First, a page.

• flatMap
  • Future.successful

It means that Future can be swapped with Monad.

What about the Option ? Over the Option we are performing pattern matching - so it means that we need to know something about it structure.

And because of that we can’t to abstract over it.

This leads us to the definition of monad transformer for Option and we call it OptionT

Monad transformer for Option

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case class OptionT[F[_], A](value: F[Option[A]]) {

  def flatMap[B](f: A => OptionT[F, B])(implicit m: Monad[F]): OptionT[F, B] =
    flatMapF(a => f(a).value)

  def flatMapF[B](f: A => F[Option[B]])(implicit F: Monad[F]): OptionT[F, B] = OptionT(
    F.flatMap(value) { as =>
      as match {
        case Some(a) => f(a)
        case _ => F.pure(None)
      }
    }
  )

  def map[B](f: A => B)(implicit F: Monad[F]): OptionT[F, B] =
    OptionT(F.map(value) { x => x.map(f) })
}

OptionT[F[_], A] abstracts over F and A and it only requires that F is a monad. The name of the monad transformer comes from the fact that, in order to implement this wrapper, we need to know what the inner most monad in the stack is - in this case Option. Without this knowledge we can’t compose any two given monads with itself.

Monad quick recap

A minimal api for monad can be described by following trait

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trait Monad[M[_]] {

  def pure[A](x: A): M[A]

  def flatMap[A, B](xs: M[A])(f: A => M[B]): M[B]

  def map[A, B](xs: M[A])(f: A => B): M[B] = flatMap(xs)(x => pure(f(x)))

}

object Monad {

  def apply[M[_]](implicit m: Monad[M]): Monad[M] = m

}

And its instance for Future you can find below.

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object MonadInstances {
  implicit def futureInstance(implicit ex: ExecutionContext): Monad[Future] =
    new Monad[Future] {

      override def pure[A](x: A): Future[A] = Future.successful(x)

      override def flatMap[A, B](xs: Future[A])(f: A => Future[B]): Future[B] = xs.flatMap(f)(ex)
    }
}

A solution

Putting all pieces together we can finally write

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import scala.concurrent.ExecutionContext.Implicits.global
import MonadInstances._

def findStreetByLogin(login: String): OptionT[Future, String] =
  for {
    user <- OptionT(findUserByLogin(login))
    address <- OptionT(findAddressByUserId(user.id))
  } yield address.street

of course we can return directly Future[Option[String]] just by calling value function on the result like

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def findStreetByLogin(login: String): Future[Option[String]] =
  (for {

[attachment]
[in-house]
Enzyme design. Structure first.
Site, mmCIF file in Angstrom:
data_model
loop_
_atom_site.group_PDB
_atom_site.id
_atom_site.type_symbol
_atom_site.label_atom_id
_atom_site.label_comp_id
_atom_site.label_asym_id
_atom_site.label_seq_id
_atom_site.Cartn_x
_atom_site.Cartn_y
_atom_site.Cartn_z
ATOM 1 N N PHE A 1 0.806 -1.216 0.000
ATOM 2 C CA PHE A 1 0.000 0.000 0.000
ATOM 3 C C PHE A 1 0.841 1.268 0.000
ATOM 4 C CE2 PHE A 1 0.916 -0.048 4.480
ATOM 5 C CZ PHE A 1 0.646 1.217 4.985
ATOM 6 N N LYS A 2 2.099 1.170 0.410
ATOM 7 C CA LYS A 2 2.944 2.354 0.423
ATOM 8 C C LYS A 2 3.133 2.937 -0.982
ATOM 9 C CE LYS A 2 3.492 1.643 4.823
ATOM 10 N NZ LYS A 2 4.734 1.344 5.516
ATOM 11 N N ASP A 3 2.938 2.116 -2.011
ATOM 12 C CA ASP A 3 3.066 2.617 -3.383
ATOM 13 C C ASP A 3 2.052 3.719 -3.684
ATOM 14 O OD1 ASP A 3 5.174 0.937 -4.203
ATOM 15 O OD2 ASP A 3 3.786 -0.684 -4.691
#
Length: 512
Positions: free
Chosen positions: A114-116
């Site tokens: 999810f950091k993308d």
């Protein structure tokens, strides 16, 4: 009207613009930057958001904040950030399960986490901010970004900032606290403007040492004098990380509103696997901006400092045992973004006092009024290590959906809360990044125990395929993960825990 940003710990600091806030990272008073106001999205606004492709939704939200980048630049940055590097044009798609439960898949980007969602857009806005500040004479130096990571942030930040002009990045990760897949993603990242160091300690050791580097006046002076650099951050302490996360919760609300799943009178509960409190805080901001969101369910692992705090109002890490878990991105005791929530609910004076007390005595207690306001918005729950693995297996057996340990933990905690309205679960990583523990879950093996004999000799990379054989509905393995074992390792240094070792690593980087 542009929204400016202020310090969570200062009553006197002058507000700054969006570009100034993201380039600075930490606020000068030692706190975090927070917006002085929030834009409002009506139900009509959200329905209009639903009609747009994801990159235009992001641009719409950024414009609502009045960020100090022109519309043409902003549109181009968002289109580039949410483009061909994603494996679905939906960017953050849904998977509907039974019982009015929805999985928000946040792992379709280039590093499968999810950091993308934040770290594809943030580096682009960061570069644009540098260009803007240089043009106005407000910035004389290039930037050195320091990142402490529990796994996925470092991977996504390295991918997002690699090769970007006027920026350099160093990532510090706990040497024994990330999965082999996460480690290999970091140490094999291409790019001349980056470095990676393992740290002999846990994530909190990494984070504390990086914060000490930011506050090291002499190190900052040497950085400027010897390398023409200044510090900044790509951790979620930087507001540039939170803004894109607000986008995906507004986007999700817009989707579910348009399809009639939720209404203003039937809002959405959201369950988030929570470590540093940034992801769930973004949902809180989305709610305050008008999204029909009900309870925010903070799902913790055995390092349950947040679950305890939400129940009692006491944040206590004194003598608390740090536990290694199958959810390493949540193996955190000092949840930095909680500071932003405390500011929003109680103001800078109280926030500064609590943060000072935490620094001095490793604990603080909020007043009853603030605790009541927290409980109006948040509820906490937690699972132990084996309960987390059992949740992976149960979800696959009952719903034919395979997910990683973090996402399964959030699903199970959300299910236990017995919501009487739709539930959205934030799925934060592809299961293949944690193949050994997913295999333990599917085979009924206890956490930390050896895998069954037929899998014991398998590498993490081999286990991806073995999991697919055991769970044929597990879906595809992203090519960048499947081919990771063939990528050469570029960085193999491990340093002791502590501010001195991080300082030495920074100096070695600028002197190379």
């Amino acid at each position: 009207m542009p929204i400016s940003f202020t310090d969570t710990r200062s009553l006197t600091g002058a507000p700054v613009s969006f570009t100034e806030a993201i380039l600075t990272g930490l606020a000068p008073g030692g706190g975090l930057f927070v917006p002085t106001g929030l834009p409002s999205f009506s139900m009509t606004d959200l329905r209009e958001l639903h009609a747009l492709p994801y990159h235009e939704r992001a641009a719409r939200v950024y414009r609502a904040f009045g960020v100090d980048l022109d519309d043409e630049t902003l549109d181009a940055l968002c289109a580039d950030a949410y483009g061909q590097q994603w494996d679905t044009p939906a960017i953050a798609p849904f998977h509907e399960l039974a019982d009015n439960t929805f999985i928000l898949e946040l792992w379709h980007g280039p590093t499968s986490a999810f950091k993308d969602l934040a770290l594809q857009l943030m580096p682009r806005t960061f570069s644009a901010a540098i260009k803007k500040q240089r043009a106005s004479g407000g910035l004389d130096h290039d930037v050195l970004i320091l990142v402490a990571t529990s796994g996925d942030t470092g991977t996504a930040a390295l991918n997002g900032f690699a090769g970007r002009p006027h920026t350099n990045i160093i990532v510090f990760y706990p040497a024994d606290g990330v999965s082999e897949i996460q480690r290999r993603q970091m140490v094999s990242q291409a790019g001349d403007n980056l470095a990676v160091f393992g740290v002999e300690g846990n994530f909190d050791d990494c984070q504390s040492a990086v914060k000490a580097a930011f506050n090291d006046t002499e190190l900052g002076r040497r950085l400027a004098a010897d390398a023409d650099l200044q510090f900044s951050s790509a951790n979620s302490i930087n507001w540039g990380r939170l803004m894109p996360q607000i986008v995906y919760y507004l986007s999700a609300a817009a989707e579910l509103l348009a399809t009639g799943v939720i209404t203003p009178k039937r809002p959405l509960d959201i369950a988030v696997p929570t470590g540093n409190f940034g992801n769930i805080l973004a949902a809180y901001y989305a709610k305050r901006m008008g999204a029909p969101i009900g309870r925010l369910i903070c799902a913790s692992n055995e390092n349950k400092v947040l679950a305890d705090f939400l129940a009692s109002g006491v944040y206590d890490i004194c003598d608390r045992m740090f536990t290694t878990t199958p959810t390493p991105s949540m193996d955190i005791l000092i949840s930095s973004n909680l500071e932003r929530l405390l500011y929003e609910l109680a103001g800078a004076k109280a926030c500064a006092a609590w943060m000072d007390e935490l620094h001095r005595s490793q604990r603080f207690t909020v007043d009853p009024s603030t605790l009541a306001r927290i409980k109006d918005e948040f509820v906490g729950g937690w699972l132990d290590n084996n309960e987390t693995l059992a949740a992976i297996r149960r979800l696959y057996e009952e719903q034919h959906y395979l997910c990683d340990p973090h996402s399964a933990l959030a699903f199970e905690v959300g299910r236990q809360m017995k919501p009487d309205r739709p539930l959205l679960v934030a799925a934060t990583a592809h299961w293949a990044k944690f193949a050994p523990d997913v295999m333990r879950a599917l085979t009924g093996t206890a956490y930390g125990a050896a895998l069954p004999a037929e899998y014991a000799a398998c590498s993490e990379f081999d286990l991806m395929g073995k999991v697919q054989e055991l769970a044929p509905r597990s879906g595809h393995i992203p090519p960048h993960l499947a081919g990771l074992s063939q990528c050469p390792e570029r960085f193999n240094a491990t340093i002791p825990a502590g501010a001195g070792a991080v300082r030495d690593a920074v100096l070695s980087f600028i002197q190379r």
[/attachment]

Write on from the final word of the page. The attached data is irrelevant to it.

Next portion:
user <- OptionT(findUserByLogin(login))
    address <- OptionT(findAddressByUserId(user.id))
  } yield address.street).value

` and that’s it.

Final word

At the beginning I said that I have two cases to show, but because the post could be to long to go through without a brake I decided to split it into two pieces. The whole code base used in this post can be found in the following link

More in part 2

How to Pass Arrays as Parameters in Bash

Let’s say we have a function in bash which simply iterates through all elements from array and prints them on the standard output.

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printElems() {
  for e in ${arr[@]}; do 
    echo $e
  done
}

We can call this function in the following way

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arr=(el1 el2 el3 el4)
printElems

If we want to call function with other parameters we need to update arr variable accordingly

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arr=(el1 el2 el3 el4)
printElems
arr=(el5 el6 el7 el8)
printElems

So far so good. But what if we want to make our printElems function generic and put it to the separate file. Is it wise enough to stay with our solution to maintain arr variable in global scope ? The answer is - it depends on the size of the project. It is obvious that maintaining global variables is cumbersome in projects which are getting bigger and bigger during their lifetime. So that is there any smart way to improve our function to not pollute the global scope ?

The answer is yes, and in this task will help us bash feature called ‘indirect variable reference’.

Below is an improved version of printElem function. A new function (printElems2) is not dealing with global variable at all. In fact the function receives a variable name and thx to the indirect reference operator $(!variable_name) the value of the function parameter is set to local variable called my_arr.

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printElems2() {
  local my_arr=${!1}
  for e in ${my_arr[@]}; do 
    echo $e
  done
}
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arr1=(el1 el2 el3 el4)
arr2=(el5 el6 el7 el8)

printElems2 arr1[@]
printElems2 arr2[@]

More information about ‘indirect variable reference’ feature you can find here